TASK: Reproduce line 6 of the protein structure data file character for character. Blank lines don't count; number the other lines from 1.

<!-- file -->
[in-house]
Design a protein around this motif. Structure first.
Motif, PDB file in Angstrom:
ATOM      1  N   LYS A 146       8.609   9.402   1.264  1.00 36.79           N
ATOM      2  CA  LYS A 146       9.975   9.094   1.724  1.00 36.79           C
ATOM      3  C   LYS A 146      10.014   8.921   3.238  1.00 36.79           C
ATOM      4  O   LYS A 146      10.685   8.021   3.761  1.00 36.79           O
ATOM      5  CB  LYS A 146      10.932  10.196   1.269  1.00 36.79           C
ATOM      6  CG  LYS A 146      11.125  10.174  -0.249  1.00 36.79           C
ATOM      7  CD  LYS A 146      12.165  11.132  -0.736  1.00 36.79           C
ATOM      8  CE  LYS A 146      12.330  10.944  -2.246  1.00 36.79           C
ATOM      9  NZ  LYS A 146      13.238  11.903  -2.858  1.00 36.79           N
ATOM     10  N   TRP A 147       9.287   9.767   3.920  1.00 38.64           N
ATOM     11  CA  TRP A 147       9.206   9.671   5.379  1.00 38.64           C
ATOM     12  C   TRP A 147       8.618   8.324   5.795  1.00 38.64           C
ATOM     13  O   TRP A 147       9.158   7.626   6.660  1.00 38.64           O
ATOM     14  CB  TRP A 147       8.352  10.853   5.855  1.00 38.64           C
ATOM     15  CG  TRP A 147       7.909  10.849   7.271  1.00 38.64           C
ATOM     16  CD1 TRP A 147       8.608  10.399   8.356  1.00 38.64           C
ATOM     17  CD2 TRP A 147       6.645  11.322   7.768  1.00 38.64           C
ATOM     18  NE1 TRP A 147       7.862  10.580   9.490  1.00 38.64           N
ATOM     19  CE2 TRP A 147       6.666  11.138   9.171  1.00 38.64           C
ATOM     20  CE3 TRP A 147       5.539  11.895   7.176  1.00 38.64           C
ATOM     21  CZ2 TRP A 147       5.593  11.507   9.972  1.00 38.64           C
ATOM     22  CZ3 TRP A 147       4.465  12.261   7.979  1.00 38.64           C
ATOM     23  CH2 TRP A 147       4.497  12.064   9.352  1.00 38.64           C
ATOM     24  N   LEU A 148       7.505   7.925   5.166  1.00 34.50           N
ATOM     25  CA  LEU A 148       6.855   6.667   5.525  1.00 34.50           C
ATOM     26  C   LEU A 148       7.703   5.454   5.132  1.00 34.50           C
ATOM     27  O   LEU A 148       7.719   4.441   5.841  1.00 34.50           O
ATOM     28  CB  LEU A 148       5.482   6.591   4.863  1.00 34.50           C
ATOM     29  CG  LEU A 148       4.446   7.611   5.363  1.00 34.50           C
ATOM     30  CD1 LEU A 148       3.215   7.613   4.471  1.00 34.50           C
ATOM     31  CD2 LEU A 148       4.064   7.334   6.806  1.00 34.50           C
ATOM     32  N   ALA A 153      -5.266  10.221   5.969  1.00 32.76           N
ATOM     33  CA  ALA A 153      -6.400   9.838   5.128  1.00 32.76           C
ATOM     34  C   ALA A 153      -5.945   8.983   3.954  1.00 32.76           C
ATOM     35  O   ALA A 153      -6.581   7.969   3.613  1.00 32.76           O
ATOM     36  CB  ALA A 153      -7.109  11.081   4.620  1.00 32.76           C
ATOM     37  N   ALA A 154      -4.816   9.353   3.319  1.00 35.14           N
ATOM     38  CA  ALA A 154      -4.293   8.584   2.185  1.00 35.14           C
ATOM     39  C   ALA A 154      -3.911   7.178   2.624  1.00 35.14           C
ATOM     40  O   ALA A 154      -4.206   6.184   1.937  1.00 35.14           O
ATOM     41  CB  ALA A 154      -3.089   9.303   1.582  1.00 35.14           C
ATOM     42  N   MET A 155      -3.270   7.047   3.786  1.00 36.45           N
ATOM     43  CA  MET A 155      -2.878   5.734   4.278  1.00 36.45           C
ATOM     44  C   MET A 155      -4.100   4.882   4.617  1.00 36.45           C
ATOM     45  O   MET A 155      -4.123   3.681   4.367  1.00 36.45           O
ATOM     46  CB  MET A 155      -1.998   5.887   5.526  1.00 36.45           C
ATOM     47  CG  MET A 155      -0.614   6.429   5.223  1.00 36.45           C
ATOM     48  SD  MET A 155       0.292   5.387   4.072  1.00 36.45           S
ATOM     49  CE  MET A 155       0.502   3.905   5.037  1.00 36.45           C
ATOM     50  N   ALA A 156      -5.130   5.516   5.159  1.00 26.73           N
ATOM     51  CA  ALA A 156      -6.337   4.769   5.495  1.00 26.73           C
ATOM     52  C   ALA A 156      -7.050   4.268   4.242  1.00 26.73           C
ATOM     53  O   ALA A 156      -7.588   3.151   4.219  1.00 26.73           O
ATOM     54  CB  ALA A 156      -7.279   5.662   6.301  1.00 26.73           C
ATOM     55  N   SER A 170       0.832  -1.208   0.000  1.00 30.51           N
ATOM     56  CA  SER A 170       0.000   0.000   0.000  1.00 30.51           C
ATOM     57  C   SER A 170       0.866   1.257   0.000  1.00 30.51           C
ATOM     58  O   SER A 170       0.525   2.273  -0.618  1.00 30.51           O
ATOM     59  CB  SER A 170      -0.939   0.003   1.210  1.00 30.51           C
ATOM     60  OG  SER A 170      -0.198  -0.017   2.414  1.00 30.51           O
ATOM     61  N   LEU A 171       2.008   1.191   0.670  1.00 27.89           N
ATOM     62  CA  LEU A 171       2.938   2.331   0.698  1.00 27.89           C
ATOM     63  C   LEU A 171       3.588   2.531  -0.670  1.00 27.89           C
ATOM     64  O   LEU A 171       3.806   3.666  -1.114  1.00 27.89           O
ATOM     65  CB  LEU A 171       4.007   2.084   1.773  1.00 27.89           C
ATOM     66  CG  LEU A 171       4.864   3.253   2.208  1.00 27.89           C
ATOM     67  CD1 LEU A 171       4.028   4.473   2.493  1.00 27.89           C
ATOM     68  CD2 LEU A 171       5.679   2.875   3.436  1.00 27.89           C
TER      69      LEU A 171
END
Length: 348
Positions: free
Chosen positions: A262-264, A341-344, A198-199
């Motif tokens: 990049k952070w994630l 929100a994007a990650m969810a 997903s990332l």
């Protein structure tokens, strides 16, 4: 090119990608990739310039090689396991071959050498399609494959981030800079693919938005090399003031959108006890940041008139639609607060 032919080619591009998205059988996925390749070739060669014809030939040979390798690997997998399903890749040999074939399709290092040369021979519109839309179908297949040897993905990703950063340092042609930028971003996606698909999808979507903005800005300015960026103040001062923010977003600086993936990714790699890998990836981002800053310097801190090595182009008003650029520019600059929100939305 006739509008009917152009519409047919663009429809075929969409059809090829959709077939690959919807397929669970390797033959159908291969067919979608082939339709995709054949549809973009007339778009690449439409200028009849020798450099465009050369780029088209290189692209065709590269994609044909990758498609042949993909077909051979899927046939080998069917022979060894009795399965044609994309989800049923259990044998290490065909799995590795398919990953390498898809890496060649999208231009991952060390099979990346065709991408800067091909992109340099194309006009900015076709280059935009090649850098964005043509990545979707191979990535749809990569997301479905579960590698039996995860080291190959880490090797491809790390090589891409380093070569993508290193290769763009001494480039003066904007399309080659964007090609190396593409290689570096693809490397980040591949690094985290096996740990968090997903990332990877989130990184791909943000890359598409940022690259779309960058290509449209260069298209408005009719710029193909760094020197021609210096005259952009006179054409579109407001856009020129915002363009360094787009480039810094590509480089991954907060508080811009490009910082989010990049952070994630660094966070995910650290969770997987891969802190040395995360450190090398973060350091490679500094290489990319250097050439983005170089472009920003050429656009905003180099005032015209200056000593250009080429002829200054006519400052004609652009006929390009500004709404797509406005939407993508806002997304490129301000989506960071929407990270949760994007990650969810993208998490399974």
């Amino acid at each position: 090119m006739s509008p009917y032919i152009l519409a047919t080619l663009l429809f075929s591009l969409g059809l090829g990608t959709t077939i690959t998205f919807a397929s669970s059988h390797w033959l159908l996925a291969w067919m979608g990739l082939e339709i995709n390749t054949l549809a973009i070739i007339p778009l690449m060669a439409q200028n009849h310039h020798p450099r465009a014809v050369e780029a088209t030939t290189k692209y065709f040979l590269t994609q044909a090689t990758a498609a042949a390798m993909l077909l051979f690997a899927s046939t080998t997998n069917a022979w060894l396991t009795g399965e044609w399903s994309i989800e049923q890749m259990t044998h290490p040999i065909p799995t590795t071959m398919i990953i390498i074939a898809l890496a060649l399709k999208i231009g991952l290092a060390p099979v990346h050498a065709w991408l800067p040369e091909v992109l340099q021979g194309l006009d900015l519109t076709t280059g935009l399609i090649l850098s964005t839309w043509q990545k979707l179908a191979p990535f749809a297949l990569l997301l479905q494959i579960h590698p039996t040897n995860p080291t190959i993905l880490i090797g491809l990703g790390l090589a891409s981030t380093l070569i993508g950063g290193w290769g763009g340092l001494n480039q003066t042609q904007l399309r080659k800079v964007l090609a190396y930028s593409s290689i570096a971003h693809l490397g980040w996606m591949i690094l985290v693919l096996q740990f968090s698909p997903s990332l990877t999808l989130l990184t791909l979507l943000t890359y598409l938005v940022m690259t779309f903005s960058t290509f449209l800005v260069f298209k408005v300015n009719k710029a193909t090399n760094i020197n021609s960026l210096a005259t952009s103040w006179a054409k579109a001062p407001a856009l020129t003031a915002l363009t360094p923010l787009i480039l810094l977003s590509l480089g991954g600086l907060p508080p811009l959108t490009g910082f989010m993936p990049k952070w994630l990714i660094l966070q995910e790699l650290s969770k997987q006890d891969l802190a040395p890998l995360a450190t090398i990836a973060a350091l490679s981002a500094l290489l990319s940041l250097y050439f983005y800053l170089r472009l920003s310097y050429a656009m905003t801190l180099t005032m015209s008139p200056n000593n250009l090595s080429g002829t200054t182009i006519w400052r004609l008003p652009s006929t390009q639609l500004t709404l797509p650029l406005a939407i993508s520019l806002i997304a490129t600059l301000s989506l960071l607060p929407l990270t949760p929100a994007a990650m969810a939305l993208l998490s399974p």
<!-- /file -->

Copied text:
ATOM      3  C   LYS A 146      10.014   8.921   3.238  1.00 36.79           C